Itinerant teachers of the deaf and hard of hearing and their students in Australia: Some state comparisons
To survey the work of itinerant teachers of the deaf and hard of hearing in Australia a mail survey of most of those teachers in four Australian states was conducted. The survey sought information about the professional and personal demographics and work characteristics of the teachers and their roles in working with integrated deaf and hard of hearing students. Teachers also reported on the characteristics and level of inclusion of a "sample student" randomly chosen from their caseloads. Information about the distribution of these students' characteristics and the types of services delivered in each state indicated that there were few differences among the states. It was found that Australian itinerant teachers generally reported that they were satisfied with their work and the placement of deaf and hard of hearing students in regular classes. The teachers generally used a "pull-out/ direct tutorial" mode of working rather than one of "consultation only" with regular teachers and reported that schools and teachers were generally cooperative and understanding of the needs of deaf and hard of hearing students. The students in most cases were well integrated socially and academically in their regular classes.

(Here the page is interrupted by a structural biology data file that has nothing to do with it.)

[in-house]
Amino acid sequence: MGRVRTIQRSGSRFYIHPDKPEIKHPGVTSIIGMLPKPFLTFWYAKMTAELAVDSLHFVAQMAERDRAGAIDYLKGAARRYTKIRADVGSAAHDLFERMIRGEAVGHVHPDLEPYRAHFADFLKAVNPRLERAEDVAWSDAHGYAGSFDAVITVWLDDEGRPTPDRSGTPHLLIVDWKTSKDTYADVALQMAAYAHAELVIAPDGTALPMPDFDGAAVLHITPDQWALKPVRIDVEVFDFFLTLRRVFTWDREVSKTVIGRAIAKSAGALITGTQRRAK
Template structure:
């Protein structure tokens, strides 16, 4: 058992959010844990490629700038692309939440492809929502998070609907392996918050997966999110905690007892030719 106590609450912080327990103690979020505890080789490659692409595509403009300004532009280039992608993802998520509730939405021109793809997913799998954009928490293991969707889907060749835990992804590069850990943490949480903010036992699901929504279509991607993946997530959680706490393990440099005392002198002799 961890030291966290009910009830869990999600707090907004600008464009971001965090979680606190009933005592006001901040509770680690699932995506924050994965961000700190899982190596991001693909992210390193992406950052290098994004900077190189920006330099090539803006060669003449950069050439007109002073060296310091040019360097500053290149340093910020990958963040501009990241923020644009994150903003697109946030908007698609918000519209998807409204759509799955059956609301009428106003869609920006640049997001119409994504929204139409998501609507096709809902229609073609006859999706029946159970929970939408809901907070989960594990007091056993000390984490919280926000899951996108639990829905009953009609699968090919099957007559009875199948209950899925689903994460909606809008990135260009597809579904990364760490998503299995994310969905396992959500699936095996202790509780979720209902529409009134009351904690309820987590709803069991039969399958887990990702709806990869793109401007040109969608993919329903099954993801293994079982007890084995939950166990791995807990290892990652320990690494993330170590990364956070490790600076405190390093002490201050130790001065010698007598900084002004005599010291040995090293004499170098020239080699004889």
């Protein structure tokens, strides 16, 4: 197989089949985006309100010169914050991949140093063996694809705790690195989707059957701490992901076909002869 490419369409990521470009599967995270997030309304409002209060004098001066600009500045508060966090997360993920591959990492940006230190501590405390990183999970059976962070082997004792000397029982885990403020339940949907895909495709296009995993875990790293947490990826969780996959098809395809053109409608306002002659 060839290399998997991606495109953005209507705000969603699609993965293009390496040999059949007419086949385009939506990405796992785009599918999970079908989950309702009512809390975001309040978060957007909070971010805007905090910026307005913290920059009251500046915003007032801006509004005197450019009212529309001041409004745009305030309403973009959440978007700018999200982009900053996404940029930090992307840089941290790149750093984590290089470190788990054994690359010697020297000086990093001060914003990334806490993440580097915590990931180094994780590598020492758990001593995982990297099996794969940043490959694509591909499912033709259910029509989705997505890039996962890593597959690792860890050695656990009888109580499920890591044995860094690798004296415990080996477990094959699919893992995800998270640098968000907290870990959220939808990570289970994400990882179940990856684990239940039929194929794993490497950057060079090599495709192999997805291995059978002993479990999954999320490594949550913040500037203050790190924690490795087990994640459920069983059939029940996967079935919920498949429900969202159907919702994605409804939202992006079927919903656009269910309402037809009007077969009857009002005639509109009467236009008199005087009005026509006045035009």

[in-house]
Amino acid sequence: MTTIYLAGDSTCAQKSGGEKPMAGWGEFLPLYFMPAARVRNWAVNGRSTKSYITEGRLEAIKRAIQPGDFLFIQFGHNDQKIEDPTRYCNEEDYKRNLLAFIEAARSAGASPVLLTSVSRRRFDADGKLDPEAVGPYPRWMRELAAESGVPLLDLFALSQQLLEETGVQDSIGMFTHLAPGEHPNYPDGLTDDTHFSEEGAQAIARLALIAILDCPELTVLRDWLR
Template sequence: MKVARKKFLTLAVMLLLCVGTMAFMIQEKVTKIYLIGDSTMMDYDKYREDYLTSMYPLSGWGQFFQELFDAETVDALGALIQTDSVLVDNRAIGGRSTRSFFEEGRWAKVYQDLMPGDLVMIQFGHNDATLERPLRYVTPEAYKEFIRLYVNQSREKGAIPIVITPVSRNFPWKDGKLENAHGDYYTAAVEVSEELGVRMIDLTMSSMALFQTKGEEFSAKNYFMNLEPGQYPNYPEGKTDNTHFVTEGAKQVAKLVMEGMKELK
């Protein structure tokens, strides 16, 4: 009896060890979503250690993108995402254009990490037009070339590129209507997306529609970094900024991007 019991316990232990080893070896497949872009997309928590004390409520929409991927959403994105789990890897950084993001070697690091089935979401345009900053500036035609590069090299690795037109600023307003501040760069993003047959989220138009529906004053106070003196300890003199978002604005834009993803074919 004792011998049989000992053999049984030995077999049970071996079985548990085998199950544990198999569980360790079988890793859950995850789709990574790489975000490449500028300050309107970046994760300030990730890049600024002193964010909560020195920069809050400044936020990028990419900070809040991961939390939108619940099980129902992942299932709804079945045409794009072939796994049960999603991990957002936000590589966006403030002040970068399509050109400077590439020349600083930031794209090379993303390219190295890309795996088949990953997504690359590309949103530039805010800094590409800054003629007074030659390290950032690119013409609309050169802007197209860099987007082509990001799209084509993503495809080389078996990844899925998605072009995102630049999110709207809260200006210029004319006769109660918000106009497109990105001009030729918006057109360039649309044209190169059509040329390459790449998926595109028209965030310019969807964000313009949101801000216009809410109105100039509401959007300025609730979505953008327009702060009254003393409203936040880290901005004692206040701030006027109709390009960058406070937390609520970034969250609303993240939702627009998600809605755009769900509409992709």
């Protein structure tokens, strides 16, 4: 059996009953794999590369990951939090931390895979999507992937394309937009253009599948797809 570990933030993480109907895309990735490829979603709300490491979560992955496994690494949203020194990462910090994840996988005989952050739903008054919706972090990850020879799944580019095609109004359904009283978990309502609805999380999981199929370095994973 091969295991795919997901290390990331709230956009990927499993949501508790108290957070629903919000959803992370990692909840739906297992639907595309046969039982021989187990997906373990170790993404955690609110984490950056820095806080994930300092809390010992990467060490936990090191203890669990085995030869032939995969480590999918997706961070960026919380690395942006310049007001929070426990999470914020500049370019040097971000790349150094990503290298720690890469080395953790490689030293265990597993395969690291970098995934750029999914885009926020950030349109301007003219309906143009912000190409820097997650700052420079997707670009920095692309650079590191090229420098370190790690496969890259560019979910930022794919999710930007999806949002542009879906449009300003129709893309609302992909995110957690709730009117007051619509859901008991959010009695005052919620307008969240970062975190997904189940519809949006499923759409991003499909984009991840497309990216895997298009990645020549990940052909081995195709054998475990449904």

International Journal of Disability, Development and Education
© 2003 Taylor & Francis : The author-version of this article will be available for download [12-18 months] after publication : Use hypertext link to access the version of the publisher.